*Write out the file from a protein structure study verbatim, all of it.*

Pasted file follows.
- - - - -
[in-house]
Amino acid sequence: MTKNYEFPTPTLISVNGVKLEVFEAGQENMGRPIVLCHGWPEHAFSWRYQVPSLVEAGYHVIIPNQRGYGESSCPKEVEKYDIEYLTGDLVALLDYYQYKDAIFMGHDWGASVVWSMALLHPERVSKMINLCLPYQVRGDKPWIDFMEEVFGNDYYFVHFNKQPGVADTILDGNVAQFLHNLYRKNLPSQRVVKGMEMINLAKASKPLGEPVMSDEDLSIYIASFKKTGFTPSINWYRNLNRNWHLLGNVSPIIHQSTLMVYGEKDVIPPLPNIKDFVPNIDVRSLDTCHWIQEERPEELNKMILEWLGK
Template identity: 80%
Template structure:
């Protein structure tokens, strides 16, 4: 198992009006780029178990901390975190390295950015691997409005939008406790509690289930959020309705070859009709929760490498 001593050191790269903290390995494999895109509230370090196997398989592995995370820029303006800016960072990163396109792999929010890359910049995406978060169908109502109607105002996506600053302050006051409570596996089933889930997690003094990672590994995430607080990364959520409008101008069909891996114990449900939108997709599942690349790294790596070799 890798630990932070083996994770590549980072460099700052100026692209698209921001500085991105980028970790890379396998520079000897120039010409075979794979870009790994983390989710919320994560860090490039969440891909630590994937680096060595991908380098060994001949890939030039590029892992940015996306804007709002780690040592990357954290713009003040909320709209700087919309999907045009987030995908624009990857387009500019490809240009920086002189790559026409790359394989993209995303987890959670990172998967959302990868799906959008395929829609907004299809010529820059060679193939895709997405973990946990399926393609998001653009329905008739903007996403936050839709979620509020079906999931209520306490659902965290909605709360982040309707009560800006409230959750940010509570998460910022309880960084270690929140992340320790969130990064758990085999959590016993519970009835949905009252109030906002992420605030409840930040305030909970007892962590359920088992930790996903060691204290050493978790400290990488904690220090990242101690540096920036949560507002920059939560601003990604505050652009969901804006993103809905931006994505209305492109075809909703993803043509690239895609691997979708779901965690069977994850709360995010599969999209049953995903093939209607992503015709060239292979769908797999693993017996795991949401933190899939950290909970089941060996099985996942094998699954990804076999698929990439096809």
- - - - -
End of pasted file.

[in-house]
Amino acid sequence: MTKNYEFPTPTLISVNGVKLEVFEAGQENMGRPIVLCHGWPEHAFSWRYQVPSLVEAGYHVIIPNQRGYGESSCPKEVEKYDIEYLTGDLVALLDYYQYKDAIFMGHDWGASVVWSMALLHPERVSKMINLCLPYQVRGDKPWIDFMEEVFGNDYYFVHFNKQPGVADTILDGNVAQFLHNLYRKNLPSQRVVKGMEMINLAKASKPLGEPVMSDEDLSIYIASFKKTGFTPSINWYRNLNRNWHLLGNVSPIIHQSTLMVYGEKDVIPPLPNIKDFVPNIDVRSLDTCHWIQEERPEELNKMILEWLGK
Template identity: 80%
Template structure:
């Protein structure tokens, strides 16, 4: 198992009006780029178990901390975190390295950015691997409005939008406790509690289930959020309705070859009709929760490498 001593050191790269903290390995494999895109509230370090196997398989592995995370820029303006800016960072990163396109792999929010890359910049995406978060169908109502109607105002996506600053302050006051409570596996089933889930997690003094990672590994995430607080990364959520409008101008069909891996114990449900939108997709599942690349790294790596070799 890798630990932070083996994770590549980072460099700052100026692209698209921001500085991105980028970790890379396998520079000897120039010409075979794979870009790994983390989710919320994560860090490039969440891909630590994937680096060595991908380098060994001949890939030039590029892992940015996306804007709002780690040592990357954290713009003040909320709209700087919309999907045009987030995908624009990857387009500019490809240009920086002189790559026409790359394989993209995303987890959670990172998967959302990868799906959008395929829609907004299809010529820059060679193939895709997405973990946990399926393609998001653009329905008739903007996403936050839709979620509020079906999931209520306490659902965290909605709360982040309707009560800006409230959750940010509570998460910022309880960084270690929140992340320790969130990064758990085999959590016993519970009835949905009252109030906002992420605030409840930040305030909970007892962590359920088992930790996903060691204290050493978790400290990488904690220090990242101690540096920036949560507002920059939560601003990604505050652009969901804006993103809905931006994505209305492109075809909703993803043509690239895609691997979708779901965690069977994850709360995010599969999209049953995903093939209607992503015709060239292979769908797999693993017996795991949401933190899939950290909970089941060996099985996942094998699954990804076999698929990439096809």